By Joey Amato
Everyone’s family structure is different. The world needs all kinds of people and all kinds of love. Big World, Little Om is a multi-faceted project with a single goal: to celebrate family diversity.
Using books and animated shows to teach children about diversity, understanding, and compassion, this series highlights the reality of family diversity. It reveals that we don’t need to fight or argue over our differences, or even try to change them; rather, we can accept what makes us special in order to live more free, cooperative lives.
Every day, children are flooded with false images of masculinity and femininity. They’re taught to live in the illusion that money is power, brute strength always wins, and the most manipulative woman is also the most attractive. These are all qualities that create harm.
Now is the time to raise a generation that learns to cooperate instead of compete, care instead of manipulate. Just as kids are speaking out about gun violence, they’re also fed up with messages of hate, greed, and violence. They’re hungry to learn ways to communicate, to work together, and to make the changes that will, literally, save humanity from itself.
The market is severely lacking in messages of cooperation and compassion. We’re going to expose children to those character qualities through this project and saturate the market with these values. By creating that continuity of messaging, we can help the next generations to feel less confused, more grounded, and more capable of clear, honest, and helpful communication.
The name “Om” represents a sound associated with mindfulness. Om, the character, is a very mindful boy. He’s aware of diversity and struggles to comprehend these differences, though he doesn’t “react” in the way that most characters do in books and on TV. He uses his imagination to confront issues rather than run from them; he uses kindness and compassion to diffuse tension and awaken understanding in others.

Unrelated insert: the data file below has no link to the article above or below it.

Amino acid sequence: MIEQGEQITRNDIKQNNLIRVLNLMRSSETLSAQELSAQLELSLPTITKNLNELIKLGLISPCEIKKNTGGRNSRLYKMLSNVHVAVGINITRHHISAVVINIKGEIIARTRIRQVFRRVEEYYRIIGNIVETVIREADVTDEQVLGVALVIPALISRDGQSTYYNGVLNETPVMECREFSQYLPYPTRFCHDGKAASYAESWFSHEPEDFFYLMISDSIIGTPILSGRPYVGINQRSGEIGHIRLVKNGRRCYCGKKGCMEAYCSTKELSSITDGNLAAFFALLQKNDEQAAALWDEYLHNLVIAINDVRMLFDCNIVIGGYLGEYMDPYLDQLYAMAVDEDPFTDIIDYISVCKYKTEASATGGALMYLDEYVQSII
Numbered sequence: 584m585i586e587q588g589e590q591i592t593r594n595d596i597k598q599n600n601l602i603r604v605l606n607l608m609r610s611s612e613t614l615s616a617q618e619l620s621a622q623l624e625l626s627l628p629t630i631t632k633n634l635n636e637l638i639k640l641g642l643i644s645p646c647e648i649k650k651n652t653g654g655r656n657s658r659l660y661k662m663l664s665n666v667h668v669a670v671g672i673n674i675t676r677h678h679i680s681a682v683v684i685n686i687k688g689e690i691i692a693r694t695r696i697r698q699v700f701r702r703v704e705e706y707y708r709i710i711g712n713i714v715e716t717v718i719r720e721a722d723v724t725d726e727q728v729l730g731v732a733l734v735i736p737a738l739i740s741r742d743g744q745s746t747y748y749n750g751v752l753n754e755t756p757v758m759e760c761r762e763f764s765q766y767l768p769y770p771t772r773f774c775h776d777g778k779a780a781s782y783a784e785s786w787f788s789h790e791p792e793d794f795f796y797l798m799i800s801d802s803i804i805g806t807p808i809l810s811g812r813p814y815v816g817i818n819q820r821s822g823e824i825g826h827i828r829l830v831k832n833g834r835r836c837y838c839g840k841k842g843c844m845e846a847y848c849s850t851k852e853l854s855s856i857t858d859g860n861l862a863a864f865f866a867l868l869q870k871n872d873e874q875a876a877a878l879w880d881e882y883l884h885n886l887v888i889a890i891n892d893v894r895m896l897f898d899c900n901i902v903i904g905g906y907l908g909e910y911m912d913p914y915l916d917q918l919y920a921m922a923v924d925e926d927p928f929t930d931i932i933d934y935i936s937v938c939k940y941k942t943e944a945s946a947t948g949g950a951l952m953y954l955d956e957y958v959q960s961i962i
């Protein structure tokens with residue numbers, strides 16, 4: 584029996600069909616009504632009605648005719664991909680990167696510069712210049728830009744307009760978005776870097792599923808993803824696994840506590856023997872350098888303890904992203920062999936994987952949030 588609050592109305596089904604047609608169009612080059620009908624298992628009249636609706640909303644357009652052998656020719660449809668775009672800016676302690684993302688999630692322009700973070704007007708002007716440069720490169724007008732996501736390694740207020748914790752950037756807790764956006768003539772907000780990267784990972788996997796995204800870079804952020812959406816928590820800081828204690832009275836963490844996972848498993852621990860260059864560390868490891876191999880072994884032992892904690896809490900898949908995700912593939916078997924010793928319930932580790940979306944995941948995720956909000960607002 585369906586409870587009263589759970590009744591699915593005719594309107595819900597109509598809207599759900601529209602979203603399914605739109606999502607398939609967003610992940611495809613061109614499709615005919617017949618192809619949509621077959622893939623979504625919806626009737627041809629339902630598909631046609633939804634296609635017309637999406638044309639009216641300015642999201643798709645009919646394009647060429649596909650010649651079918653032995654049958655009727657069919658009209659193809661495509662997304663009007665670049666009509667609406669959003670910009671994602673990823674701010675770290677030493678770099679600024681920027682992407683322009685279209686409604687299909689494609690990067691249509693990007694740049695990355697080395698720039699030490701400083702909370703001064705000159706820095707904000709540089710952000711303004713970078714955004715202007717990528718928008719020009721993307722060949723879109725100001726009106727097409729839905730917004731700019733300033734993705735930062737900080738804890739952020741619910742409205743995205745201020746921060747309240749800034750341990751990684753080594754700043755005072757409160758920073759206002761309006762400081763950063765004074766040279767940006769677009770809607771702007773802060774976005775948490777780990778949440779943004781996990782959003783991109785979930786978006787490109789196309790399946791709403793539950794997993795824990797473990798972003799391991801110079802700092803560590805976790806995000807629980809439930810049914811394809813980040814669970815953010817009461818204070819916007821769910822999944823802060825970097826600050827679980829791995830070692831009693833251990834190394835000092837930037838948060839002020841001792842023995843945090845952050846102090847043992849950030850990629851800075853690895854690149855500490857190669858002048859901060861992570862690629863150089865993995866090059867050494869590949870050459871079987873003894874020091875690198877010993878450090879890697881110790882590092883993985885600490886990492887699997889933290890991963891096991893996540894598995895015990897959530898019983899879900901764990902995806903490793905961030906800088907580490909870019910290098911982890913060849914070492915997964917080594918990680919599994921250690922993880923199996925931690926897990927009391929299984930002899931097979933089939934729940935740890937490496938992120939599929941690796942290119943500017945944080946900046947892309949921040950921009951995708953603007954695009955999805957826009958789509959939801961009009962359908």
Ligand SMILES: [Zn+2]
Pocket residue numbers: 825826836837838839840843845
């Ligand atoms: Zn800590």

Just as the sound, “om,” is used to concentrate on a single sound, the character, Om, will teach children to concentrate on compassion and understanding.
Through the series, Little Om will look at different communities through innocent eyes. As a child who isn’t influenced by prejudice and hate, he only knows love. He will ask questions and then ask more questions as he tries to understand the world around him.
The characters will experience real-world situations, such as having two mothers or fathers, gender identity questions, parental separation, and more. The characters will model effective and appropriate responses to those situations rather than follow the status quo of current media. Om, for example, will use his imagination to cope with challenges instead of using it to escape from life’s most difficult changes.
“I was in a same-sex relationship for nine beautiful years,” says book author Mera Malik. “Our relationship ended not for any lack of love, but because she could no longer handle the discrimination she faced in her community or the disapproval of her family. Our child lost one of his moms and no doubt was confused by the whole situation. All he knew was the two of us and the love that was our family. I don’t want that to happen to any other family or child.”
Malik says that the world she wants to live in and raise children in doesn’t discriminate when it comes to love or family; a world where everyone’s story has power and importance, where hearts and character are more important than skin color and gender. She believes that begins through representation and community building.
Om the Enchanted, Big World, Little Om will be a show dedicated to showing how wonderful – but sometimes challenging – the lives are for unique families.
“It can be a child who has a disability, a refugee family,” she says, “I’m not excluding anyone. I want these kids to see themselves on media in a positive, uplifting way.”
More info can be found on bigworldlittleom.com.